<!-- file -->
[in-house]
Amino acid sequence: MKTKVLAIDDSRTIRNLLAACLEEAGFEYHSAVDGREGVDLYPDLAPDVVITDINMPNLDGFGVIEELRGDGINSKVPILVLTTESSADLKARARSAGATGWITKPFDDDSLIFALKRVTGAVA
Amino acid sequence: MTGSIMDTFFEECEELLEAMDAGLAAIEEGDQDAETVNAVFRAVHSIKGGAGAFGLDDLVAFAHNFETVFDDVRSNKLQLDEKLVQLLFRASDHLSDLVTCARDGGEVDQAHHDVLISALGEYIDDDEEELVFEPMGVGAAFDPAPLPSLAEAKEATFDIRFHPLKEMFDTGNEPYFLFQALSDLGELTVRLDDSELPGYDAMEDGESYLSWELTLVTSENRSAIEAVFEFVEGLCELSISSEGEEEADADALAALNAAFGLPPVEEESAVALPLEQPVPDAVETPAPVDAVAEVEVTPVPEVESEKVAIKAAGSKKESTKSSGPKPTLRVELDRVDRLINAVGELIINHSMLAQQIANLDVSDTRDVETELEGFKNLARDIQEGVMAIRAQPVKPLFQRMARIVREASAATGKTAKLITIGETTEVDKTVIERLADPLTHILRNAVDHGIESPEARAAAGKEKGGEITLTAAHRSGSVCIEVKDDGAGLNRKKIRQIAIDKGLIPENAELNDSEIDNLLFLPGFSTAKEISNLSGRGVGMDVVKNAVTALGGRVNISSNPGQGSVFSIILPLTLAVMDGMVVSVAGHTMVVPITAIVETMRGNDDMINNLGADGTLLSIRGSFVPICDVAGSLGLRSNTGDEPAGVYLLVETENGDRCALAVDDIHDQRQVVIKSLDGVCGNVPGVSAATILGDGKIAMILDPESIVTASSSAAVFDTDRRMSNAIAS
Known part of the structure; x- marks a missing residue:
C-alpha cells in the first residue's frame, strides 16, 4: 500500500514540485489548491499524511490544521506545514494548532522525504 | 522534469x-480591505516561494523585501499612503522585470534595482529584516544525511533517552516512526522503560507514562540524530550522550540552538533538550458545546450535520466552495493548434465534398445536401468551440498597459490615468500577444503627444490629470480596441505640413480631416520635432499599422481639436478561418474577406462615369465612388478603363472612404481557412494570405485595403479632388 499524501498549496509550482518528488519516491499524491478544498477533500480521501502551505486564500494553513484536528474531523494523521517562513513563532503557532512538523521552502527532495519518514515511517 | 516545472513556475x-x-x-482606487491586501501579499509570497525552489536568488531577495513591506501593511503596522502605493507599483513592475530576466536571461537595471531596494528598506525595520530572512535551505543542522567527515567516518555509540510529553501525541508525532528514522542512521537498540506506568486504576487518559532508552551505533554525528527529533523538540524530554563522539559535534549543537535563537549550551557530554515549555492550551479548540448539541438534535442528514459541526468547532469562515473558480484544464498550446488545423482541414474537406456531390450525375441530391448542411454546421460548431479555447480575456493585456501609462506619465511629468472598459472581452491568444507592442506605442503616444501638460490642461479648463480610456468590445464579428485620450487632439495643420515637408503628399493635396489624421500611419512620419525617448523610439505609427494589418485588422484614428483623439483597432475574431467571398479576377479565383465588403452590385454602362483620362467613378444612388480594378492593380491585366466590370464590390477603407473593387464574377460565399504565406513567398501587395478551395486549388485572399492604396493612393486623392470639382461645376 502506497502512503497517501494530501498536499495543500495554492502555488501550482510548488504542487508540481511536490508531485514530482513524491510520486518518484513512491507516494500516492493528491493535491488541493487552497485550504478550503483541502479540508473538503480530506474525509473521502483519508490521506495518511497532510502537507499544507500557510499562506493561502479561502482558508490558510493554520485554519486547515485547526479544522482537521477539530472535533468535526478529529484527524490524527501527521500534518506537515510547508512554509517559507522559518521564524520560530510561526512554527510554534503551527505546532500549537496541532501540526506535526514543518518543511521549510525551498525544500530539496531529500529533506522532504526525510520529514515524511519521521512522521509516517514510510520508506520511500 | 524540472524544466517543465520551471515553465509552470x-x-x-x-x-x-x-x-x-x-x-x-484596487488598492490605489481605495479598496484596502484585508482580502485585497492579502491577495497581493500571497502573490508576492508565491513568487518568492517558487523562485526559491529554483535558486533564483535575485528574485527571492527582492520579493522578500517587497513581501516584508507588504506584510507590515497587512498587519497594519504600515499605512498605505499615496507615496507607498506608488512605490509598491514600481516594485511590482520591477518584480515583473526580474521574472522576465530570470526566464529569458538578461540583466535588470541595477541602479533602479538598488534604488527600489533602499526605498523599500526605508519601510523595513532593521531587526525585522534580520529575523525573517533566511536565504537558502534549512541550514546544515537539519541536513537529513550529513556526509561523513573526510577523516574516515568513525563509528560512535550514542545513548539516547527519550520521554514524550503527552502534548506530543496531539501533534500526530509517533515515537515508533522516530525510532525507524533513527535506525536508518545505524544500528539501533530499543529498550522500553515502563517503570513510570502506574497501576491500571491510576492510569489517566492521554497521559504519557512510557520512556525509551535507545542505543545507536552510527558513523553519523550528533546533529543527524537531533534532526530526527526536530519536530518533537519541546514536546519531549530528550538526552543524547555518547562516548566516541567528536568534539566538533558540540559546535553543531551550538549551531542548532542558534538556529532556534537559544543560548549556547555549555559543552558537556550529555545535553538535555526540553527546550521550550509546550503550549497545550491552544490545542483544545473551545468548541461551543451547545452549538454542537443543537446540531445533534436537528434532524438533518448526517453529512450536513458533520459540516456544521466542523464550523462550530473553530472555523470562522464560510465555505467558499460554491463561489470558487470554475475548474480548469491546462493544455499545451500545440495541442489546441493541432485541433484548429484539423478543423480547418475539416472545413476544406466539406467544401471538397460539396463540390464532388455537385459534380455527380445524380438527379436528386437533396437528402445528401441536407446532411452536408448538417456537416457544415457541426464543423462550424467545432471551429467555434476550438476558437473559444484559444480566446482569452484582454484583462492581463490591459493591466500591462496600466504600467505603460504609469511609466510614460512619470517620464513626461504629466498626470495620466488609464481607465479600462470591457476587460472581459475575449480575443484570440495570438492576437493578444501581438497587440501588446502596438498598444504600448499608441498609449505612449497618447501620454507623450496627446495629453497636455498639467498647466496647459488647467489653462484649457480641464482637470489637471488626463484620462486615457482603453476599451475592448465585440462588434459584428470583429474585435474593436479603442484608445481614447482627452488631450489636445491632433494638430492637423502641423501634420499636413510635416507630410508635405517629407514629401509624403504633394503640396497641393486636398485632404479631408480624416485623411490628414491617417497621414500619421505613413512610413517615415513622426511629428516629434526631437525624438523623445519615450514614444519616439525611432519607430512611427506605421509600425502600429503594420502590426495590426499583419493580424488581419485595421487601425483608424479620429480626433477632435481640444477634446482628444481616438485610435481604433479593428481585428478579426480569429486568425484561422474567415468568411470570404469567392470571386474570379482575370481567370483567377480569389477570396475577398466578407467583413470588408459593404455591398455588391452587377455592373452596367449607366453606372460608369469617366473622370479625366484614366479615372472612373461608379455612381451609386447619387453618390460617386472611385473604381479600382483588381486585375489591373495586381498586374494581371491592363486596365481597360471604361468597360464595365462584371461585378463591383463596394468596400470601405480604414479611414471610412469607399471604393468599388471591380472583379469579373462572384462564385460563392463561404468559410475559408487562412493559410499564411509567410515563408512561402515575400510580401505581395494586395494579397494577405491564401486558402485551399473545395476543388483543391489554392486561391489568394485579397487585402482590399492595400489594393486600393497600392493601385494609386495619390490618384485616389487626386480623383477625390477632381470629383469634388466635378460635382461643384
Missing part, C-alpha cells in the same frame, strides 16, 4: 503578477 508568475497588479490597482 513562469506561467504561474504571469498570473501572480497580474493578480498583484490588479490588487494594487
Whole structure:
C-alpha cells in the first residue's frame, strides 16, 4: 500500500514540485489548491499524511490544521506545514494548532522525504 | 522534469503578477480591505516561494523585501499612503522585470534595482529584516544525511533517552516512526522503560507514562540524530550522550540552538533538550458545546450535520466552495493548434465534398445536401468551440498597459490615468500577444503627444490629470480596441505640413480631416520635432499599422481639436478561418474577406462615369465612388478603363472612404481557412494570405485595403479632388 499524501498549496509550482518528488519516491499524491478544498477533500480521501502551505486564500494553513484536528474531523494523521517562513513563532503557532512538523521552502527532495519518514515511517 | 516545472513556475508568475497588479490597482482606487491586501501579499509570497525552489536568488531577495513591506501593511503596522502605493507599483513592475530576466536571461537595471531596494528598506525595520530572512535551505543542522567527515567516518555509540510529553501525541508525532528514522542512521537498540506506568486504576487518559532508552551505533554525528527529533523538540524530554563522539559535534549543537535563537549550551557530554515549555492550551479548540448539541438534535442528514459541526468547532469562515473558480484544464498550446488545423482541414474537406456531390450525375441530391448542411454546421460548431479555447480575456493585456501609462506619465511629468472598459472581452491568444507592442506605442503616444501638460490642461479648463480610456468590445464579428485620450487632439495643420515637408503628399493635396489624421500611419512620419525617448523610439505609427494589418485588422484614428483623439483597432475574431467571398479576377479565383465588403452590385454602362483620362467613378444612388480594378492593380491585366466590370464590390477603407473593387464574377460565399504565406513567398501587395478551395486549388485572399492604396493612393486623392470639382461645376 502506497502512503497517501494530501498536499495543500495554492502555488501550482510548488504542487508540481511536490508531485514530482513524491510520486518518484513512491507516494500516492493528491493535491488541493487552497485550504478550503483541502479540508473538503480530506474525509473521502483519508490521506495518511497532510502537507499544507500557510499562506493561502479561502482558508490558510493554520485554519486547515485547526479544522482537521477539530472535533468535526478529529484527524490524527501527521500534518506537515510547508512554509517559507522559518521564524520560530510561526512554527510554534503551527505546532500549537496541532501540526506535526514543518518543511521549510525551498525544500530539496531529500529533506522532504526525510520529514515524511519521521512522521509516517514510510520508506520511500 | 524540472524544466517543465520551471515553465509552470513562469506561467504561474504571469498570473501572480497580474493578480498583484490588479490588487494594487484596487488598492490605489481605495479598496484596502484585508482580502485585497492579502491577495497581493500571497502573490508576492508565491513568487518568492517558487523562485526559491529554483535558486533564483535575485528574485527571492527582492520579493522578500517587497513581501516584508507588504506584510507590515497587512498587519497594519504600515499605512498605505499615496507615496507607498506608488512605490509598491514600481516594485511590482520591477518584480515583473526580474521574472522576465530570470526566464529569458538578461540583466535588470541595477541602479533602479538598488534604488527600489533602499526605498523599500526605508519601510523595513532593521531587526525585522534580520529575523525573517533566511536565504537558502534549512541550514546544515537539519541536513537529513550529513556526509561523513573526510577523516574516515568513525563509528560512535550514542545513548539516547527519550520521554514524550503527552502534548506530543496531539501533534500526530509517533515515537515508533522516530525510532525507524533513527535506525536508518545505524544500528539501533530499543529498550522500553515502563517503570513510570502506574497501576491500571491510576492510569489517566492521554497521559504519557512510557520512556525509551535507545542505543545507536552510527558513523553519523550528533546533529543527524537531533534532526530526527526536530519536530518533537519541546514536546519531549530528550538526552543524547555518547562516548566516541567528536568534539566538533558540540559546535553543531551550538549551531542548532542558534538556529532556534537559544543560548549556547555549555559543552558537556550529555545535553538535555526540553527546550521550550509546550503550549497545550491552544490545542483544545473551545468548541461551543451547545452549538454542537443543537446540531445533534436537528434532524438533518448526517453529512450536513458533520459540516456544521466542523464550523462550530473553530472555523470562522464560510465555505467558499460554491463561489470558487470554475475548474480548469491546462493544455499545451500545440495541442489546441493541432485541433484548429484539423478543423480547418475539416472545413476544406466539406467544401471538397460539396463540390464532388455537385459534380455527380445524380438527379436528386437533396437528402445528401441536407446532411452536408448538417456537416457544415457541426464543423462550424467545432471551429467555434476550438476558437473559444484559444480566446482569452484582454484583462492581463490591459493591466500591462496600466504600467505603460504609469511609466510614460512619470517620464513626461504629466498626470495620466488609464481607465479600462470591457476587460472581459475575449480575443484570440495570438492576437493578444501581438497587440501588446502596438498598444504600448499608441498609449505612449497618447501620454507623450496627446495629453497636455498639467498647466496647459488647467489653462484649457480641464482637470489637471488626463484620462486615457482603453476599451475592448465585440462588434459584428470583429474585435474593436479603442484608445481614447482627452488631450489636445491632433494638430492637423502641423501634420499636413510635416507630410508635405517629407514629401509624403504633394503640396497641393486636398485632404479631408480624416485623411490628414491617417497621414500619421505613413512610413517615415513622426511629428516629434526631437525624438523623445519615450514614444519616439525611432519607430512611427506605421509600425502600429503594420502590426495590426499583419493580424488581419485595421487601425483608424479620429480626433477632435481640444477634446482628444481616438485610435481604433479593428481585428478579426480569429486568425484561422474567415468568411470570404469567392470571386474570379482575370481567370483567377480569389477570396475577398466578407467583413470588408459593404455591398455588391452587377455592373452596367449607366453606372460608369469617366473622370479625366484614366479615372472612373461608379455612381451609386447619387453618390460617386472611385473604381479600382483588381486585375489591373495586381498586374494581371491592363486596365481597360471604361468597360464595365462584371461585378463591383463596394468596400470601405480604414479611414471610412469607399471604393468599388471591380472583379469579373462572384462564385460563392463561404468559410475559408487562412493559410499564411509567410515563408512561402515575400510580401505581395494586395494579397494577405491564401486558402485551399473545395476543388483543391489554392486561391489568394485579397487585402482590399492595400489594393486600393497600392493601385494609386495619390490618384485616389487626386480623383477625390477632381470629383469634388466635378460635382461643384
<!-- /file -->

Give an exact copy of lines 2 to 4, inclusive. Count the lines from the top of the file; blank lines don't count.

Amino acid sequence: MKTKVLAIDDSRTIRNLLAACLEEAGFEYHSAVDGREGVDLYPDLAPDVVITDINMPNLDGFGVIEELRGDGINSKVPILVLTTESSADLKARARSAGATGWITKPFDDDSLIFALKRVTGAVA
Amino acid sequence: MTGSIMDTFFEECEELLEAMDAGLAAIEEGDQDAETVNAVFRAVHSIKGGAGAFGLDDLVAFAHNFETVFDDVRSNKLQLDEKLVQLLFRASDHLSDLVTCARDGGEVDQAHHDVLISALGEYIDDDEEELVFEPMGVGAAFDPAPLPSLAEAKEATFDIRFHPLKEMFDTGNEPYFLFQALSDLGELTVRLDDSELPGYDAMEDGESYLSWELTLVTSENRSAIEAVFEFVEGLCELSISSEGEEEADADALAALNAAFGLPPVEEESAVALPLEQPVPDAVETPAPVDAVAEVEVTPVPEVESEKVAIKAAGSKKESTKSSGPKPTLRVELDRVDRLINAVGELIINHSMLAQQIANLDVSDTRDVETELEGFKNLARDIQEGVMAIRAQPVKPLFQRMARIVREASAATGKTAKLITIGETTEVDKTVIERLADPLTHILRNAVDHGIESPEARAAAGKEKGGEITLTAAHRSGSVCIEVKDDGAGLNRKKIRQIAIDKGLIPENAELNDSEIDNLLFLPGFSTAKEISNLSGRGVGMDVVKNAVTALGGRVNISSNPGQGSVFSIILPLTLAVMDGMVVSVAGHTMVVPITAIVETMRGNDDMINNLGADGTLLSIRGSFVPICDVAGSLGLRSNTGDEPAGVYLLVETENGDRCALAVDDIHDQRQVVIKSLDGVCGNVPGVSAATILGDGKIAMILDPESIVTASSSAAVFDTDRRMSNAIAS
Known part of the structure; x- marks a missing residue: